Aptly enough, within the last ten years, by the genius of a wandering monk–the Swâmi Vivekânanda–who found his way to America and made his voice heard in the Chicago Parliament of Religions in 1893, Orthodox Hinduism has again become aggressive, as in the Asokan period. For six orseven years past, it has been sending its missionaries into Europe and America, providing for the future a religious generalisation in which the intellectual freedom of Protestantism–culminating in natural science–can be combined with the spiritual and devotional wealth of Catholicism. It would almost seem as if it were the destiny of imperial peoples to be conquered in turn by the religious ideas of their subjects. “As the creed of the down-trodden Jew has held half the earth during eighteen centuries, so,” to quote the great Indian thinker just mentioned, “it seems not unlikely that that of the despised Hindu may yet dominate the world.” In some such event is the hope of Northern Asia. The process that took a thousand years at the beginning of our era may now, with the aid of steam and electricity, repeat itself in a few decades and the world may again witness the Indianising of the East.

If so, one of many consequences will be that we shall see in Japanese art a recrudescence of ideals parallel to that of the Mediæval Revival of the past century in England. What would be the simultaneous developments in China? in India? For whatever influences the Eastern Island Empire must influence the others. Our author has talked in vain if he has not conclusively proved that contention with which this little handbook opens, that Asia, the Great Mother, is for ever One.



ASIA is one. The Himalayas divide, only to accentuate, two mighty civilisations, the Chinese with its communism of Confucius, and the Indian with its individualism of the Vedas. But not even the snowy barriers can interrupt for one moment that broad expanse of love for the Ultimate and Universal, which is the common thought-inheritance of every Asiatic race, enabling them to produce all the great religions of the world, and distinguishing them from those maritime peoples of the Mediterranean and the Baltic, who love to dwell on the Particular, and to search out the means, not the end, of life.

Down to the days of the Mohammedan conquest went, by the ancient highwaysof the sea, the intrepid mariners of the Bengal coast, founding their colonies in Ceylon, Java, and Sumatra, leaving Aryan blood to mingle with that of the sea-board races of Burmah and Siam, and binding Cathay and India fast in mutual intercourse.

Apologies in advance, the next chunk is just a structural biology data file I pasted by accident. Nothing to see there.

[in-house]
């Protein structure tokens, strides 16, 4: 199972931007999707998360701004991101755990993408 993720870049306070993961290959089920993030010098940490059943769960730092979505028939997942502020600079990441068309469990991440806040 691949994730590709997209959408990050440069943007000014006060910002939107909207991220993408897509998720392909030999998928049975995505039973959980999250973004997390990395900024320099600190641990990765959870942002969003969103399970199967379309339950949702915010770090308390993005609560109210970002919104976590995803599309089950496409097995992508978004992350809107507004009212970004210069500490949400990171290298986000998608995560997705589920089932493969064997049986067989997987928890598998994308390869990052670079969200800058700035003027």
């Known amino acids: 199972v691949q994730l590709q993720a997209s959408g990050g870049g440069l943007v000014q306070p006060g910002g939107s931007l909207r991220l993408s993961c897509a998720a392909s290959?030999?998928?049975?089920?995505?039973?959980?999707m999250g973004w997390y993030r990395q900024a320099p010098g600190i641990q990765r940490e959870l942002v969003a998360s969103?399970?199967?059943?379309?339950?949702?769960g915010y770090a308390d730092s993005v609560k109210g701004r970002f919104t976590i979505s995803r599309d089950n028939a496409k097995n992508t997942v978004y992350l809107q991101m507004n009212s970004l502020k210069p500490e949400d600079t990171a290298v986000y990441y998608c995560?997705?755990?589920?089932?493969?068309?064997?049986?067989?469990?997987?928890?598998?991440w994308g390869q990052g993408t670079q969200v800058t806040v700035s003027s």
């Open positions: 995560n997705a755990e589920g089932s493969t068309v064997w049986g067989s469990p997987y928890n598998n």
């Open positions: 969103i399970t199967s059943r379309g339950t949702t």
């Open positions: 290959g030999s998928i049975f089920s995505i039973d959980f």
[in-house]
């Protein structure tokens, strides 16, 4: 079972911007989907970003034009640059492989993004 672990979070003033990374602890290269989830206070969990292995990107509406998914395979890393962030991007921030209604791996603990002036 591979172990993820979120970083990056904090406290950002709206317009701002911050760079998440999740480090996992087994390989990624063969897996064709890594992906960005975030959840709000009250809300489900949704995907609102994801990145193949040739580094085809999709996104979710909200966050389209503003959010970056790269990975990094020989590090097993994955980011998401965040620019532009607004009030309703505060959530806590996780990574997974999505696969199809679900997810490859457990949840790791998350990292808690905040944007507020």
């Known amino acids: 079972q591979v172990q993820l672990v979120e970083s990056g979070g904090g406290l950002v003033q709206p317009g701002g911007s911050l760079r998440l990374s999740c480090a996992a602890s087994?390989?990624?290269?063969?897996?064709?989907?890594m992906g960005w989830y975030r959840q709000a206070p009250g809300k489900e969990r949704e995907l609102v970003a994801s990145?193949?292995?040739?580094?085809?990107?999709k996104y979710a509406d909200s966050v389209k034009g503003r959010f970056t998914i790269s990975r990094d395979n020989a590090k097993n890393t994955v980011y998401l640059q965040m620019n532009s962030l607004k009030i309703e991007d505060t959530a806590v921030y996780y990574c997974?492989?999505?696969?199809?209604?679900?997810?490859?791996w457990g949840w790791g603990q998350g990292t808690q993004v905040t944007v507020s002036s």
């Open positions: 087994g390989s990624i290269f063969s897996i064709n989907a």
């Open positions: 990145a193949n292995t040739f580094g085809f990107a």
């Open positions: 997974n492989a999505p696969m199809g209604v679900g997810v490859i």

The long systolic centuries–in which India, crippled in her power to give, shrank back upon herself, and China, self-absorbed in recovery from the shock of Mongol tyranny, lost her intellectual hospitality–succeeded the epoch of Mahmoud of Ghazni, in the eleventh century. But the old energy of communication lived yet in the great moving sea of the Tartar hordes, whose waves recoiled from the long walls of the North, to break upon and overrun the Punjab. The Hunas, the Sakas, and the Gettaes, grim ancestors of the Rajputs, had been the forerunners of that great Mongol outburst which, under Genghis Khan and Tamerlane, spread over the Celestialsoil, to deluge it with Bengali Tantrikism, and flooded the Indian peninsula, to tinge its Mussulmân Imperialism with Mongolian polity and art.

For if Asia be one, it is also true that the Asiatic races form a single mighty web. We forget, in an age of classification, that types are after all but shining points of distinctness in an ocean of approximations, false gods deliberately set up to be worshipped, for the sake of mental convenience, but having no more ultimate or mutually exclusive validity than the separate existence of two interchangeable sciences. If the history of Delhi represents the Tartar’s imposition of himself upon a Mohammedan world, it must also be remembered that the story of Baghdad and her great Saracenic culture is equally significant of the power of Semitic peoples to demonstrate Chinese, as well as Persian, civilisation and art, in face of the Frankish nations of the Mediterranean coast. Arabchivalry, Persian poetry, Chinese ethics, and Indian thought, all speak of a single ancient Asiatic peace, in which there grew up a common life, bearing in different regions different characteristic blossoms, but nowhere capable of a hard and fast dividing-line. Islam itself may be described as Confucianism on horseback, sword in hand. For it is quite possible to distinguish, in the hoary communism of the Yellow Valley, traces of a purely pastoral element, such as we see abstracted and self-realised in the Mussulmân races.

Or, to turn again to Eastern Asia from the West, Buddhism–that great ocean of idealism, in which merge all the river-systems of Eastern Asiatic thought–is not coloured only with the pure water of the Ganges, for the Tartaric nations that joined it made their genius also tributary, bringing new symbolism, new organisation, new powers of devotion, to add to the treasures of the Faith.It has been, however, the great privilege of Japan to realise this unity-in-complexity with a special clearness. The Indo-Tartaric blood of this race was in itself a heritage which qualified it to imbibe from the two sources, and so mirror the whole of Asiatic consciousness. The unique blessing of unbroken sovereignty, the proud self-reliance of an unconquered race, and the insular isolation which protected ancestral ideas and instincts at the cost of expansion, made Japan the real repository of the trust of Asiatic thought and culture. Dynastic upheavals, the inroads of Tartar horsemen, the carnage and devastation of infuriated mobs–all these things, sweeping over her again and again, have left to China no landmarks, save her literature and her ruins, to recall the glory of the Tâng emperors or the refinement of Sung society.